XIAN, China -- A private historian in city of Wuhan in the central province of Hubei has been collecting weapons and daily items used by soldiers on both sides of the Second Sino-Japanese War (1937-1945) for the last 20 years.
Xu Yibing, 53, has devoted his own personal funds to put those artifacts on display at a memorial museum and elsewhere as "evidence" of history. He is now joined by Beijing-based filmmaker Liao Feiwen, 49, aiming to have the items he collected used in a movie.
"If you twist history and look down on your opponent, then it will come back on you," he said, the two warning of Chinese trends of turning the events of the war into "works of amusement."
Historical education in China is often "anti-Japan," and many films and television dramas depict Chinese resistance against Japan. However, extravagant anti-Japanese works began to appear roughly 10 years ago, depicting absurd scenes such as a Communist Red Army soldier downing a Japanese fighter jet mid-flight with a hand grenade alone. Along with fierce competition for high viewership, the ease of getting anti-Japanese films and shows touting the achievements of the Red Army through censorship by Chinese authorities is thought to have led to the mass production of the stories with warped facts.
However, viewer criticism heated up, and even the censorship authorities began to regulate the programs in 2015. Liao says, "In order to satisfy some warped ego, there are still some of these extravagant works that bend the truth. We would like to instead make a film that is not embarrassing both in our own view as well as that of the audience."
Xu is considering making his movie not about resistance against Japanese forces, but generally "anti-war" in a way that transcends national borders. What led Xu to make this decision was his first visit to Japan in 2007. The Japanese people that he drank with at his destination were polite and welcoming. "I came to feel the absurdity of war that changes these good Japanese fathers and sons through learning about the Japanese people," Xu says.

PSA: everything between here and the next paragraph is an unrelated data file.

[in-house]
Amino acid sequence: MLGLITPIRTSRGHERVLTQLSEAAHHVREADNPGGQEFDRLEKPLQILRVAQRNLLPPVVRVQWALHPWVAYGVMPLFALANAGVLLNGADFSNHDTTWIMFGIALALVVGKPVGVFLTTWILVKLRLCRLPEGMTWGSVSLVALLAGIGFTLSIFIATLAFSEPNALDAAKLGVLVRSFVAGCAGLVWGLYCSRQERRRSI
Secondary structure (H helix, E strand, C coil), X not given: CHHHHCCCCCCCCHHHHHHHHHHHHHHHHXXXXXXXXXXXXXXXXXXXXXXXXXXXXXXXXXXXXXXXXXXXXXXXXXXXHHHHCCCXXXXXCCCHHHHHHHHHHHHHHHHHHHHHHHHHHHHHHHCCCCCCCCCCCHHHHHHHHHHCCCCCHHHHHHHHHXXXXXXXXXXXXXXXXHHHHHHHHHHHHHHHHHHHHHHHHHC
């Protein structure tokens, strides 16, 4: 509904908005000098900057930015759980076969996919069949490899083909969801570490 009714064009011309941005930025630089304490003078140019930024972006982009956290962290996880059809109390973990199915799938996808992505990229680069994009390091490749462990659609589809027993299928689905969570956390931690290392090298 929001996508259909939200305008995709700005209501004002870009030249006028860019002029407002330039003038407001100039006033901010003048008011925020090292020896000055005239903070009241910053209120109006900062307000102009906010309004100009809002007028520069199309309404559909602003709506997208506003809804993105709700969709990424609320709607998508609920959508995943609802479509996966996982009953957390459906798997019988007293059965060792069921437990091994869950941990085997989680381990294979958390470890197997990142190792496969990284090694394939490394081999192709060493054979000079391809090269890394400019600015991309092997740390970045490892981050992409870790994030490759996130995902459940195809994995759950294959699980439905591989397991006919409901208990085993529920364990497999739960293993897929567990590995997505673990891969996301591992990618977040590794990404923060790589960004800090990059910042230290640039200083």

One person lending his support to Xu is Japanese actor Kenichi Miura, who has worked in Chinese cinema for close to 20 years. Miura, the majority of whose roles are in works about Chinese resistance during the war, also feels that "if exchange (between Japan and China) deepens, then it will have an impact on how we portray history."
Last year, 7.35 million Chinese nationals visited Japan, and that number is expected to grow this year. The results of a Japan-China joint public poll released on Oct. 11 showed that of Chinese citizens who answered that they had a "good" impression of Japan, those who had been to Japan before, 74.3 percent, greatly outnumbered those who had not at 34.9 percent. Overall, 42.2 percent of Chinese were positive about Japan, the highest percentage since the survey began in 2005.
In addition, 43.9 percent of Chinese people answered that "as Japan-China relations develop, historical issues will gradually be solved," up 10 percentage points from the previous year. Such responses show that negative feelings toward Japan appear to be shrinking. However, in contrast, Japanese people's evaluation of Chinese remains severe; highlighting that the gap in the way the two countries view one another is still an issue that requires work.
In October 1978, Deng Xiaoping, a top official in the Chinese government, came to Japan to exchange the ratification instruments of the Treaty of Peace and Friendship between Japan and China. During his visit, Deng met with Emperor Hirohito, posthumously known as Emperor Showa. In the diary of then Grand Chamberlain Sukemasa Irie, it is written that Emperor Showa said, "I have caused you trouble." Deng's shocked expression at the honest words of the emperor is also detailed.
After those who experienced the war could meet face to face to speak of reconciliation, Japan and China enjoyed a good relationship that lasted until the mid-1990s. Now, 40 years have passed since the ratification of the bilateral friendship and peace treaty, and the burden of continuing to tell the story of the war is falling on the postwar generation.
With the exchange of an average of 20,000 Chinese nationals coming into Japan every day, is there some progress to be made toward coming to a mutual understanding and awareness of history?
Xu says, "It is precisely because we are members of a generation that do not know times of war that we must get rid of fictitious war dramas and should let the truth speak for itself instead."
(Japanese original by Keisuke Kawazu, China General Bureau)